Farrington begins devising a way in which he can get money so he can “quench his thirst” (p.228) His pocket watch is the financial answer to his thirst. Selling his watch is symbolic for Farringtons shirking and escape of responsibility in the face of adversity. “They could all go to hell, because he was going to have a good night of it.” (p.229) The watch is measurement devise, a tool. The pawning of the watch is symbolic for Farrington disconnecting himself from time, which is a standard of society. Society in itself is a base in the external creation of Farringtons existence, because Farrington defines himself by what his friends (society) define him as.

Now the protagonist of Araby recognizes that this isn’t the land of answers and truths he characterized it as. “She seemed to have spoken to me out of a sense of duty” (p. 201) The grail he was seeking did not exist, for he realized that giving a present from the bizarre to her was not the Romantic answer he perceived it as. “I knew my stay was useless” (p. 201) The protagonists recognition of human truth is that the world does not exist in the Romantic terms he perceived it in. This inevitably leads to a decay of dream and desire.

The second symbolic event was with the woman in the bar. Farrington created her as an icon, a desired dream “the world seemed to melt away as he gazed at her.” (p.231) This is symbolic for his decaying existence, with a “Oh pardon!” (p.231) as she brushed against him, his dream walked away never answering his desiring gaze. At this Farrington’s frustrations began to mount as he was left to fester in his own unfulfilled desire.

The loss of internal foundation occurs in “Araby” as the protagonist listens to a conversation of a worker. “O, I never said such a thing! O, but you did! O, but I didn’t!” Our hero recognizes this conversation, which contains flirtatious undertones, as impure. Thusly a loss of the pure nature of Araby occurs to the protagonist. Purity is an internal foundation to the protagonists Romantic being. For the purity of love is what drove the protagonist to Araby in the first place.

The third and final devastation of Farrington is that of the lost arm wrestle. One of the few points of pride Farrington had left was his reputation as a “strong man.” (p. 232) For this reputation is symbolic for Farringtons sense of pride. He is respected for his strength as his friends “called on Farrington to uphold the national honor.” (p.231) The loss of the arm wrestle epitomizes Farringtons loss of pride, “All the indignities in his life enraged him…” (p.228) “He felt humiliated and disconnected;” (p.232) Farrington’s sense of pride was his strongest internal foundation. For once he lost this internal foundation, he was sent to his climatic point of decay.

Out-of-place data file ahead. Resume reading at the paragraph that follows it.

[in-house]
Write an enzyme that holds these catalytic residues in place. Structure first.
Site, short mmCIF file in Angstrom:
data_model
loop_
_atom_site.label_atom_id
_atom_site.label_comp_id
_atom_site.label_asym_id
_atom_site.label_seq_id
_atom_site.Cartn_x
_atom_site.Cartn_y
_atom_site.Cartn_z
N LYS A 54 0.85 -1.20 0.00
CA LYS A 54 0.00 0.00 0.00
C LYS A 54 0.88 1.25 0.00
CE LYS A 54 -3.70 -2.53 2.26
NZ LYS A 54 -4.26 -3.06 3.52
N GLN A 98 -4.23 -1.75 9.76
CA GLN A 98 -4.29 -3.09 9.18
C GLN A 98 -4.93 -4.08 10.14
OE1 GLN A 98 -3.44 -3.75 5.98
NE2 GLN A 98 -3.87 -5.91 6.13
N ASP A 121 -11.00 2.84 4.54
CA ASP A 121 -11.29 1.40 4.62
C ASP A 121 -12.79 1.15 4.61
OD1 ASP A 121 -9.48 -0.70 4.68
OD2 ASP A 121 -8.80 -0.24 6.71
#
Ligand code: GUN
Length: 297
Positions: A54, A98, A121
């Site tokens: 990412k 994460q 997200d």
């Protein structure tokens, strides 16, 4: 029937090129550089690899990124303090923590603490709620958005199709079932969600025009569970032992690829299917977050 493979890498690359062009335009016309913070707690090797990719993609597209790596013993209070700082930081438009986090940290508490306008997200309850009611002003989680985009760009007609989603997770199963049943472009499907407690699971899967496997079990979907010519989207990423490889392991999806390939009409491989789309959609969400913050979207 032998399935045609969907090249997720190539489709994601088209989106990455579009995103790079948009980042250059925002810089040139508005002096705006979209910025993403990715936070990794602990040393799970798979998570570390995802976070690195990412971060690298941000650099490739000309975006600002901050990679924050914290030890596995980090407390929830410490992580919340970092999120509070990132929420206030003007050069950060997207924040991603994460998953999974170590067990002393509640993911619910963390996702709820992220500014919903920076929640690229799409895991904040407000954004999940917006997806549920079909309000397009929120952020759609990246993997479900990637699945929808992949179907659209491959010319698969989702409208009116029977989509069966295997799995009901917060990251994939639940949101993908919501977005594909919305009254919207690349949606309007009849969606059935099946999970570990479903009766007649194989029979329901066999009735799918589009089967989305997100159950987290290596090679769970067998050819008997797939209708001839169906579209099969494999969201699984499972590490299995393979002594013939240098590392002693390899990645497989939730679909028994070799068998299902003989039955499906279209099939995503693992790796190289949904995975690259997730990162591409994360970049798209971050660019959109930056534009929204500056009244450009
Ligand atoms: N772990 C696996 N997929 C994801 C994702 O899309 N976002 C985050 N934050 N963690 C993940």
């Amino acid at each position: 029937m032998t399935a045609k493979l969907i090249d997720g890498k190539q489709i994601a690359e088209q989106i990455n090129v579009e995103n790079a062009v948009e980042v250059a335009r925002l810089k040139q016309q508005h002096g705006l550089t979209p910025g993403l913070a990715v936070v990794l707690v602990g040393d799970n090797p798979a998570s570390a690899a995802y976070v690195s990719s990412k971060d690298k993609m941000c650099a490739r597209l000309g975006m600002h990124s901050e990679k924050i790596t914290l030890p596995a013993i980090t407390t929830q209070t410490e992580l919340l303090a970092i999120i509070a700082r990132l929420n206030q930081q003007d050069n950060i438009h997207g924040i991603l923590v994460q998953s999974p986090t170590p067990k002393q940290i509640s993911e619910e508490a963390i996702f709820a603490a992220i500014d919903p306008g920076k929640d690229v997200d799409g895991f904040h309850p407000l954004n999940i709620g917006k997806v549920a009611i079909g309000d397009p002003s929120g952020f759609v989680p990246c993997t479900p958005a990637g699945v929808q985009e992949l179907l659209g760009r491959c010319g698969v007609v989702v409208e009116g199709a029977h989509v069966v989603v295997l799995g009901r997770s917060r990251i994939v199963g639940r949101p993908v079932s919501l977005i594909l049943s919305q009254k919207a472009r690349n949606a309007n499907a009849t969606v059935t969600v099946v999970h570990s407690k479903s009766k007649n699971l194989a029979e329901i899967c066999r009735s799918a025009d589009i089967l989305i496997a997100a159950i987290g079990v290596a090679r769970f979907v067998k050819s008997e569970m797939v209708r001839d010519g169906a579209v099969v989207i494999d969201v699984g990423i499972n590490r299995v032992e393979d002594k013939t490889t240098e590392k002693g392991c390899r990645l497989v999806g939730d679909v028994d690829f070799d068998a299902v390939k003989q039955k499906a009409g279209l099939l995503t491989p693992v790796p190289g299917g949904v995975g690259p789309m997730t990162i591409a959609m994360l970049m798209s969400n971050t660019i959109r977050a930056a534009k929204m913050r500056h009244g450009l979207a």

In both Counterparts and Araby Joyce builds the theme of loss to a climatic point where in there is a moment of human truth however the summit of the mountain is inconclusive for the stories end in the final moment of decay.

The ultimate point of decay of self in Joyces Counterparts is of the protagonist Farrington’s emptied shell filled with anger which he displaces on his son because he “let the fire out!” (p.233) Paralleling that of the fire of self, Farrington let extinguish. This loss of Farringtons self Parallels that of the loss Joyce portrays in Araby in the collapse of the protagonists Romantic perception of existence for as the lights go out in his once perceived Camelot, he sees himself “as a creature driven and derided by vanity.” (p.202) However in both cases the protagonists are left to wallow in their own decayed state of existence. In Counterparts Farrington is left in the ultimate state of a deserted sense of self, shown in the beating of his child. Similarily the main character in Araby is left in what he precieved to be the end of a Romantic journey in which holds the key to winning over the damsel. However as the story ends the protagonist is left “gazing up into complete darkness” (p.202) with a lost perception of existence.

In the short story “Araby” Joyce relates the loss of a Romantic interpretation of the protagonists view of existence. While in his short story “Counterparts” Joyce explores the mounting and inevitable accelerated downward spiral of the loss of identity. Both stories relate that through loss one can gain a glimpse into a human truth. Joyce further shows the futile nature of human truth by leaving the protagonists in their own moments of decay. This is shown by the “complete darkness” (p.202) in the Romantically destined goal of the protagonist from “Araby,” and the paralleling beating of Farrington’s son.

In these stories Joyce focuses on small moments of human truth related through the theme of loss.


Editors; Scholes, Robert, Comely R. Nancy, Klaus, H. Carl, Staines, David Elements of Literature. Toronto, Ontario; Oxford University Press, 1990.

Joyce, James “Araby”

Editors: Landy, S. Alice, Martin, Dave The Heath Introduction to Literature. Vancouver, B.C.; D.C. Heath Canada Ltd., 1982.

Joyce, James “Counterparts”